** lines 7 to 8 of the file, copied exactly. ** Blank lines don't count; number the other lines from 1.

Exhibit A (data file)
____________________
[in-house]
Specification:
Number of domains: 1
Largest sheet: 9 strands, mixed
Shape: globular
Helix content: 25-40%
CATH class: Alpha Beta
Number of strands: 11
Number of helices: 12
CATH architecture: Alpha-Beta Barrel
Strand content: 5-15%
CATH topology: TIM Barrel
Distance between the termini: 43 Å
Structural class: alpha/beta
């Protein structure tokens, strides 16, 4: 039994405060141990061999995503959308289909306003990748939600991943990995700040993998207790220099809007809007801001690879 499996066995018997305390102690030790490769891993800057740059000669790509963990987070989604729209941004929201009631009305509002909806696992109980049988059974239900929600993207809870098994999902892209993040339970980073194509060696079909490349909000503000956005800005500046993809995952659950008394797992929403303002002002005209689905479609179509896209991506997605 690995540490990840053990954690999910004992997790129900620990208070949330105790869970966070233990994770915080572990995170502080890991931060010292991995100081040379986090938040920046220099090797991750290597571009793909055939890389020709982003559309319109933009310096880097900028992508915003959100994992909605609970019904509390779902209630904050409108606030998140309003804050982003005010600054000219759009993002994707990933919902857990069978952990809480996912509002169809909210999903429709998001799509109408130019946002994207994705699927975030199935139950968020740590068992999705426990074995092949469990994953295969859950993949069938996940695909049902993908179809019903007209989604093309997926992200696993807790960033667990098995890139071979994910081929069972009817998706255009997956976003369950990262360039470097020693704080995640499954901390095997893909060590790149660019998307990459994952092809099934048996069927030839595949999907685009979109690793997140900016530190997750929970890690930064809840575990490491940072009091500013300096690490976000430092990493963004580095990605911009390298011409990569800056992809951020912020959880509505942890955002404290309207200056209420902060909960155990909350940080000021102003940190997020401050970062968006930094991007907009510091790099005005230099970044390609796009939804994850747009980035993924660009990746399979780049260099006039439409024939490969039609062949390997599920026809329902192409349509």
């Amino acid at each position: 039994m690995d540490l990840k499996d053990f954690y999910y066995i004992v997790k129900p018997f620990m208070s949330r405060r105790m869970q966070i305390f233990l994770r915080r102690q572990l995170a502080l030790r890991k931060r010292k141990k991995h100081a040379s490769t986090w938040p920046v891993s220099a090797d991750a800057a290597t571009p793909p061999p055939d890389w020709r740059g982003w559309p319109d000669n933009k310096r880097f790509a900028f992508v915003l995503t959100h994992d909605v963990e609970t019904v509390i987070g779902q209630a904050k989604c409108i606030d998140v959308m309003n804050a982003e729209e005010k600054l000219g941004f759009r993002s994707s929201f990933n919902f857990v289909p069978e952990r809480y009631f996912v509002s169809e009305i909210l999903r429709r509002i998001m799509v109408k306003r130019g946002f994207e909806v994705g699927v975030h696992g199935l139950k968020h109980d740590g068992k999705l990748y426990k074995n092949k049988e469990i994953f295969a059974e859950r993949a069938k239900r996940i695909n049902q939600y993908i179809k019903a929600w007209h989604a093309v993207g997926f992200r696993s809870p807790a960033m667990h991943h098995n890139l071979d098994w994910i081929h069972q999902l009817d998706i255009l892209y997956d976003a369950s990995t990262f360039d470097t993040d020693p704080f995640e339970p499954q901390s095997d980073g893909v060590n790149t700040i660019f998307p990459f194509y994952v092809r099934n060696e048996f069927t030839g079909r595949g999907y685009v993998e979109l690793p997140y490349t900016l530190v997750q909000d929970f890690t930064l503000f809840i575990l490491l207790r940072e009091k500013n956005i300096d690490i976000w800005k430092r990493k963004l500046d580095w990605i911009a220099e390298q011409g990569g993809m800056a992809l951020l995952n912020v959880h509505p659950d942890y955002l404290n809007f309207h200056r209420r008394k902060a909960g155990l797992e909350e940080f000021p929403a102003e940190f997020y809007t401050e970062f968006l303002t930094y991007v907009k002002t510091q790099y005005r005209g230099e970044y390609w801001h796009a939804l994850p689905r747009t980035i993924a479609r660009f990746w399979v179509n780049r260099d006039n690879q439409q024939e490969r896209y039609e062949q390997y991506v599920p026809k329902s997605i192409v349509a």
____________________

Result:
CATH class: Alpha Beta
Number of strands: 11